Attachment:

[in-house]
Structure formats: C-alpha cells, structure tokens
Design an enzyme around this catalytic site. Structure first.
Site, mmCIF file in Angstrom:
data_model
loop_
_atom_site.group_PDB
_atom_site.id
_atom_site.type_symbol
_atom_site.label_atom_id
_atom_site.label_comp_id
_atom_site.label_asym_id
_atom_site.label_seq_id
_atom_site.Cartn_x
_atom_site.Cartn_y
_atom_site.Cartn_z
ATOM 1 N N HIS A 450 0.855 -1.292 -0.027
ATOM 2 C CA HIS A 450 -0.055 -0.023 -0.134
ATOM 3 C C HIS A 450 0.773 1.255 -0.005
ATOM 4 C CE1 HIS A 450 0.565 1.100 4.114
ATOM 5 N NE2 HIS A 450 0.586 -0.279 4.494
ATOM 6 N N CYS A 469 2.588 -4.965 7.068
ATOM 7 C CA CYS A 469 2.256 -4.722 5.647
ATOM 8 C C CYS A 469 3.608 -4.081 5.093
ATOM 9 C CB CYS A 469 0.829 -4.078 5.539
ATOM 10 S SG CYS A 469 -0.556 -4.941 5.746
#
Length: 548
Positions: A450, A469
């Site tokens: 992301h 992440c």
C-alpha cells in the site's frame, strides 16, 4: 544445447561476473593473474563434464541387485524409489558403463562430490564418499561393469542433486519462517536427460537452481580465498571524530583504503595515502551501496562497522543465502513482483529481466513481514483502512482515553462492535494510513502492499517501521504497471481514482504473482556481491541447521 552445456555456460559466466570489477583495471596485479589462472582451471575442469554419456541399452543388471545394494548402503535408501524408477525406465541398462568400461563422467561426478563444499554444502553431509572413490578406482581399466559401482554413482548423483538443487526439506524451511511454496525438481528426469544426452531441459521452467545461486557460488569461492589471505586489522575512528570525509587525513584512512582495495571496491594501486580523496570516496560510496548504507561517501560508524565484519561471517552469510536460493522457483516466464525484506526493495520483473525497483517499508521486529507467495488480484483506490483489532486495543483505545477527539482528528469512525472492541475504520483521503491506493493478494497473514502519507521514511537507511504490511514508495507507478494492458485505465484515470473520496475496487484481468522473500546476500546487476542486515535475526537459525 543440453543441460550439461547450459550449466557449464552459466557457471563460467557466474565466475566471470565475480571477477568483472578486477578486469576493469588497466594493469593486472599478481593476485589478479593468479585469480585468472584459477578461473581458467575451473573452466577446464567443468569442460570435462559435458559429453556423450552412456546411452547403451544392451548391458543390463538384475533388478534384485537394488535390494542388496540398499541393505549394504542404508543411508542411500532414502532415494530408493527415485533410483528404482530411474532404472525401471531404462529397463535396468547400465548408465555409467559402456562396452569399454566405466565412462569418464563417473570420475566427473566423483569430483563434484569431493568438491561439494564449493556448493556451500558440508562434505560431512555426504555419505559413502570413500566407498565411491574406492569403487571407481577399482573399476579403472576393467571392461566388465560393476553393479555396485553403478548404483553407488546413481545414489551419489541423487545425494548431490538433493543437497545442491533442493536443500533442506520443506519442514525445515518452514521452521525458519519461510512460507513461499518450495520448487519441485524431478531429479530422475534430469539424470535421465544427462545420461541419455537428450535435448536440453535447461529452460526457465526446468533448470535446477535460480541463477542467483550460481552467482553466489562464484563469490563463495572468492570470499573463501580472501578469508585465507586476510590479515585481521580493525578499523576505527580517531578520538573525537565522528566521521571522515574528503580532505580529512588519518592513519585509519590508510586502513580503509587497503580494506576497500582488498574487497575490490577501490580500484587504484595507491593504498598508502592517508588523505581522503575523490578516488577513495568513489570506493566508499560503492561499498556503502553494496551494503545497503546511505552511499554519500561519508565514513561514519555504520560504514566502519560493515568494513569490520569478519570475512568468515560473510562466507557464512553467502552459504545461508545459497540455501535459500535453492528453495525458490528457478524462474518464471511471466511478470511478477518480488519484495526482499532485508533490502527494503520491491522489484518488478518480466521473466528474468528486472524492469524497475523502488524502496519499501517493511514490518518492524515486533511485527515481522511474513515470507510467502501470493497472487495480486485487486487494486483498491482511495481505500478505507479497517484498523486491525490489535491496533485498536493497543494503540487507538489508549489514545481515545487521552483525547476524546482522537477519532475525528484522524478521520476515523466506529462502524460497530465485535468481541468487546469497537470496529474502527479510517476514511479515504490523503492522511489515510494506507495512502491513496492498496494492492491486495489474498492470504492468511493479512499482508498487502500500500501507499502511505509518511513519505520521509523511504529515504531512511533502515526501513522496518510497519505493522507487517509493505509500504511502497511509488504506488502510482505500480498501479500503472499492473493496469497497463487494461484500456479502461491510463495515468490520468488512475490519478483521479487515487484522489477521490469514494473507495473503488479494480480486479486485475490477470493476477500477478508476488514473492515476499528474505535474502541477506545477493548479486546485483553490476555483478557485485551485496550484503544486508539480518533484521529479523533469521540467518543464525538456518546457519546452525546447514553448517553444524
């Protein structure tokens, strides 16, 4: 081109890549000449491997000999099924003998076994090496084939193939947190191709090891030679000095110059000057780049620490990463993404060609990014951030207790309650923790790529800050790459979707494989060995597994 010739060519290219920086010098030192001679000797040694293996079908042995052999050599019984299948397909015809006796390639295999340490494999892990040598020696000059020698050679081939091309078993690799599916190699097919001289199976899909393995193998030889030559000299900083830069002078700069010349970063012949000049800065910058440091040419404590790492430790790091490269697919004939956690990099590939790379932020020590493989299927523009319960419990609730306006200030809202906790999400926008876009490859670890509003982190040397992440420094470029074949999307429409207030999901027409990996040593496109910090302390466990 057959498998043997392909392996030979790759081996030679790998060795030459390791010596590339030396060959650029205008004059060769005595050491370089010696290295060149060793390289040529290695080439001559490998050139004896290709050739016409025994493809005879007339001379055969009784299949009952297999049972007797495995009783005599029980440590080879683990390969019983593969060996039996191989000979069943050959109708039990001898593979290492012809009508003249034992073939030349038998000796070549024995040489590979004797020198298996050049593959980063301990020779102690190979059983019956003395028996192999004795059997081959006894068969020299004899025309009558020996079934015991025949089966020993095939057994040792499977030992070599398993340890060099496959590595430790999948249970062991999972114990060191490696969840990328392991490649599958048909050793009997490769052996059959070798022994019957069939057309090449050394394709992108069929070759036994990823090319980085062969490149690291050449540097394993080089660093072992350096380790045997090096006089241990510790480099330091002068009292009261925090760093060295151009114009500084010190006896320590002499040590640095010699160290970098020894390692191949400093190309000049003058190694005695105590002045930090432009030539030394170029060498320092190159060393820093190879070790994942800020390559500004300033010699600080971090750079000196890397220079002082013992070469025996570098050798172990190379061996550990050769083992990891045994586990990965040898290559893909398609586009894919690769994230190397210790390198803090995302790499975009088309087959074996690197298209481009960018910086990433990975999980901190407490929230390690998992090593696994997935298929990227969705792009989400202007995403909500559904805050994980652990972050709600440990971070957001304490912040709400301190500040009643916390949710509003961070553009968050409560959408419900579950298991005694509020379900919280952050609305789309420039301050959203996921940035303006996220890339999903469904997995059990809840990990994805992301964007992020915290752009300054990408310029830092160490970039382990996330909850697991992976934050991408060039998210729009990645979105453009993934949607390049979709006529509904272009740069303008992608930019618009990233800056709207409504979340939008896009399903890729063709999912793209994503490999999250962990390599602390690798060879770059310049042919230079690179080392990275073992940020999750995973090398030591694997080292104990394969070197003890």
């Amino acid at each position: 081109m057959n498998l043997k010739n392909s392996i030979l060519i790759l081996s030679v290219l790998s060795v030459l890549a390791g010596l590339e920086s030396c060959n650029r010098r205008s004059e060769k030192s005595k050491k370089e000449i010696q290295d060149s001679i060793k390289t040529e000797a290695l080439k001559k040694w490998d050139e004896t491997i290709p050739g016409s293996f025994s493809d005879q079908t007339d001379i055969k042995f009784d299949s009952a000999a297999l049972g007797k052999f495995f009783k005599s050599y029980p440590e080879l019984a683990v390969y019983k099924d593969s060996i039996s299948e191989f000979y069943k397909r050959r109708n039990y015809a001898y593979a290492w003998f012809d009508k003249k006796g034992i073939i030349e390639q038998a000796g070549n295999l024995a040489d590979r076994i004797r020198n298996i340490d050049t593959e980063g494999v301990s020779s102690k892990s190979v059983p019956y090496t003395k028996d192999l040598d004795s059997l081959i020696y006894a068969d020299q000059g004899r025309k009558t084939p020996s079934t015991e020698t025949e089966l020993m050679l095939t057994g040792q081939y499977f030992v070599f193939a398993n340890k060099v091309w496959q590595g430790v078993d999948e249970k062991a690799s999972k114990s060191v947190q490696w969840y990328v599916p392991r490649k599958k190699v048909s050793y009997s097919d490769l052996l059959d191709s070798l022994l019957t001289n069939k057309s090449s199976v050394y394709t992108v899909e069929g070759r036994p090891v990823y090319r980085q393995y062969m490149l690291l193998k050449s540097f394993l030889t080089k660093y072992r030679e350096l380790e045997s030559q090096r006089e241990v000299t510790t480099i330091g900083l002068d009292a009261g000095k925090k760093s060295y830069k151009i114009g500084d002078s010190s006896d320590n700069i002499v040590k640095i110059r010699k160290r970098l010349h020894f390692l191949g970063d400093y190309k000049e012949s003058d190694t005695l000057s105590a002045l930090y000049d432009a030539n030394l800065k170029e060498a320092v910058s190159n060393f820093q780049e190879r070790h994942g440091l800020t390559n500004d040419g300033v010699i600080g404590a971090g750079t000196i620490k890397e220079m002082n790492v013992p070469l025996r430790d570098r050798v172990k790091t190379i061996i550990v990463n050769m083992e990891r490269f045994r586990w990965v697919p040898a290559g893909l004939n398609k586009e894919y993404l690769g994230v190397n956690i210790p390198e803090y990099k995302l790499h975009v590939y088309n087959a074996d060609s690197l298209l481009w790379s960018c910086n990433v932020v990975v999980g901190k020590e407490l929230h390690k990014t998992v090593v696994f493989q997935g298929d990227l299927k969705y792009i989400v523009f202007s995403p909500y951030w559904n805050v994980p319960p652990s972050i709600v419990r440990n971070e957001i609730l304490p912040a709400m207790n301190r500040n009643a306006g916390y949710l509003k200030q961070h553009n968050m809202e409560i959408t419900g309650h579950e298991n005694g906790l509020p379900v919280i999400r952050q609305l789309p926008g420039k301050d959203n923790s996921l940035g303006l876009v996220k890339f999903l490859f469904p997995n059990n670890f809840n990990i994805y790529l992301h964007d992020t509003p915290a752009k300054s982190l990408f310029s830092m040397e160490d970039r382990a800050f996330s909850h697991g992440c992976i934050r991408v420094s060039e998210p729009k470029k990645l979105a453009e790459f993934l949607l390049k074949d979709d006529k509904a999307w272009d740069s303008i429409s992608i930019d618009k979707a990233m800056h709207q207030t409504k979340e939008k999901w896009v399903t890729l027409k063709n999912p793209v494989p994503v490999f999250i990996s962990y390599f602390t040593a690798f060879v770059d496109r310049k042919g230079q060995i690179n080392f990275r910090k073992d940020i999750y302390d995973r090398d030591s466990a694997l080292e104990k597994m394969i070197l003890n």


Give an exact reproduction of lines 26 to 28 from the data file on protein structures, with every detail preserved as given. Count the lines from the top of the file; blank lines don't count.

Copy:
ATOM 10 S SG CYS A 469 -0.556 -4.941 5.746
#
Length: 548